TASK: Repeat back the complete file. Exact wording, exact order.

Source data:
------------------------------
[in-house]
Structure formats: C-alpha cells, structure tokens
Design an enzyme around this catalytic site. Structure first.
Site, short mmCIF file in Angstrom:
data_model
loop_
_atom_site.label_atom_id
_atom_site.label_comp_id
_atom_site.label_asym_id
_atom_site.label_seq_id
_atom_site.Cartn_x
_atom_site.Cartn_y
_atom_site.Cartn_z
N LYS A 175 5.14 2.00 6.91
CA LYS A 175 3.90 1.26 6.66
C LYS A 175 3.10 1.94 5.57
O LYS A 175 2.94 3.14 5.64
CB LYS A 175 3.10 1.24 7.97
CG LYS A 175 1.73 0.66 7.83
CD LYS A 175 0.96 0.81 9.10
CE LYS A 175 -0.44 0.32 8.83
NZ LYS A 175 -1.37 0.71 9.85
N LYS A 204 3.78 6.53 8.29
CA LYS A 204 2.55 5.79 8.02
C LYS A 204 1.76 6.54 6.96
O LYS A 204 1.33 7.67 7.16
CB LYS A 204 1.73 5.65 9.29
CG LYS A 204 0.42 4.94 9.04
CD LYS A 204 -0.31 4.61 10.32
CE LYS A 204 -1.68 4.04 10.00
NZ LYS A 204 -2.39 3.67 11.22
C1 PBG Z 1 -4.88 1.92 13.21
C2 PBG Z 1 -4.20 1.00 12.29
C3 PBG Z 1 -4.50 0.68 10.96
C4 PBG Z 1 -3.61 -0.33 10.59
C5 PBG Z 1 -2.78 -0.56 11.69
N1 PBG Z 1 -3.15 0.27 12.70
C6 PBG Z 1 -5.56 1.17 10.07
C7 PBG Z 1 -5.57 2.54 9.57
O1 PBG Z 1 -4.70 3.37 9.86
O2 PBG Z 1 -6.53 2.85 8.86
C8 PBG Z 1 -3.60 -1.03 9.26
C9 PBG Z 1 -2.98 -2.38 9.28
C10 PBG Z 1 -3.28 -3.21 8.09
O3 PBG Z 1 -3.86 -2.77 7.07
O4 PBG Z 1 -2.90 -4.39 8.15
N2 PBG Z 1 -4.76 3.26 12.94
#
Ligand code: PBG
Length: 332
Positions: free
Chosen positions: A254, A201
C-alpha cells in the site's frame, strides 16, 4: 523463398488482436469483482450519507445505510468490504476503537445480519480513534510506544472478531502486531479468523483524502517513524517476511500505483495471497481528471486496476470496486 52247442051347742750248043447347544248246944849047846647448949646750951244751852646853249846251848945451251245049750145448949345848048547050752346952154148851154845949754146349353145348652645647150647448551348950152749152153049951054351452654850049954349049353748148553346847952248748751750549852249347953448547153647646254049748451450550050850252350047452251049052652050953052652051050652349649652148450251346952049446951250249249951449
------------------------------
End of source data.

[in-house]
Structure formats: C-alpha cells, structure tokens
Design an enzyme around this catalytic site. Structure first.
Site, short mmCIF file in Angstrom:
data_model
loop_
_atom_site.label_atom_id
_atom_site.label_comp_id
_atom_site.label_asym_id
_atom_site.label_seq_id
_atom_site.Cartn_x
_atom_site.Cartn_y
_atom_site.Cartn_z
N LYS A 175 5.14 2.00 6.91
CA LYS A 175 3.90 1.26 6.66
C LYS A 175 3.10 1.94 5.57
O LYS A 175 2.94 3.14 5.64
CB LYS A 175 3.10 1.24 7.97
CG LYS A 175 1.73 0.66 7.83
CD LYS A 175 0.96 0.81 9.10
CE LYS A 175 -0.44 0.32 8.83
NZ LYS A 175 -1.37 0.71 9.85
N LYS A 204 3.78 6.53 8.29
CA LYS A 204 2.55 5.79 8.02
C LYS A 204 1.76 6.54 6.96
O LYS A 204 1.33 7.67 7.16
CB LYS A 204 1.73 5.65 9.29
CG LYS A 204 0.42 4.94 9.04
CD LYS A 204 -0.31 4.61 10.32
CE LYS A 204 -1.68 4.04 10.00
NZ LYS A 204 -2.39 3.67 11.22
C1 PBG Z 1 -4.88 1.92 13.21
C2 PBG Z 1 -4.20 1.00 12.29
C3 PBG Z 1 -4.50 0.68 10.96
C4 PBG Z 1 -3.61 -0.33 10.59
C5 PBG Z 1 -2.78 -0.56 11.69
N1 PBG Z 1 -3.15 0.27 12.70
C6 PBG Z 1 -5.56 1.17 10.07
C7 PBG Z 1 -5.57 2.54 9.57
O1 PBG Z 1 -4.70 3.37 9.86
O2 PBG Z 1 -6.53 2.85 8.86
C8 PBG Z 1 -3.60 -1.03 9.26
C9 PBG Z 1 -2.98 -2.38 9.28
C10 PBG Z 1 -3.28 -3.21 8.09
O3 PBG Z 1 -3.86 -2.77 7.07
O4 PBG Z 1 -2.90 -4.39 8.15
N2 PBG Z 1 -4.76 3.26 12.94
#
Ligand code: PBG
Length: 332
Positions: free
Chosen positions: A254, A201
C-alpha cells in the site's frame, strides 16, 4: 523463398488482436469483482450519507445505510468490504476503537445480519480513534510506544472478531502486531479468523483524502517513524517476511500505483495471497481528471486496476470496486 52247442051347742750248043447347544248246944849047846647448949646750951244751852646853249846251848945451251245049750145448949345848048547050752346952154148851154845949754146349353145348652645647150647448551348950152749152153049951054351452654850049954349049353748148553346847952248748751750549852249347953448547153647646254049748451450550050850252350047452251049052652050953052652051050652349649652148450251346952049446951250249249951449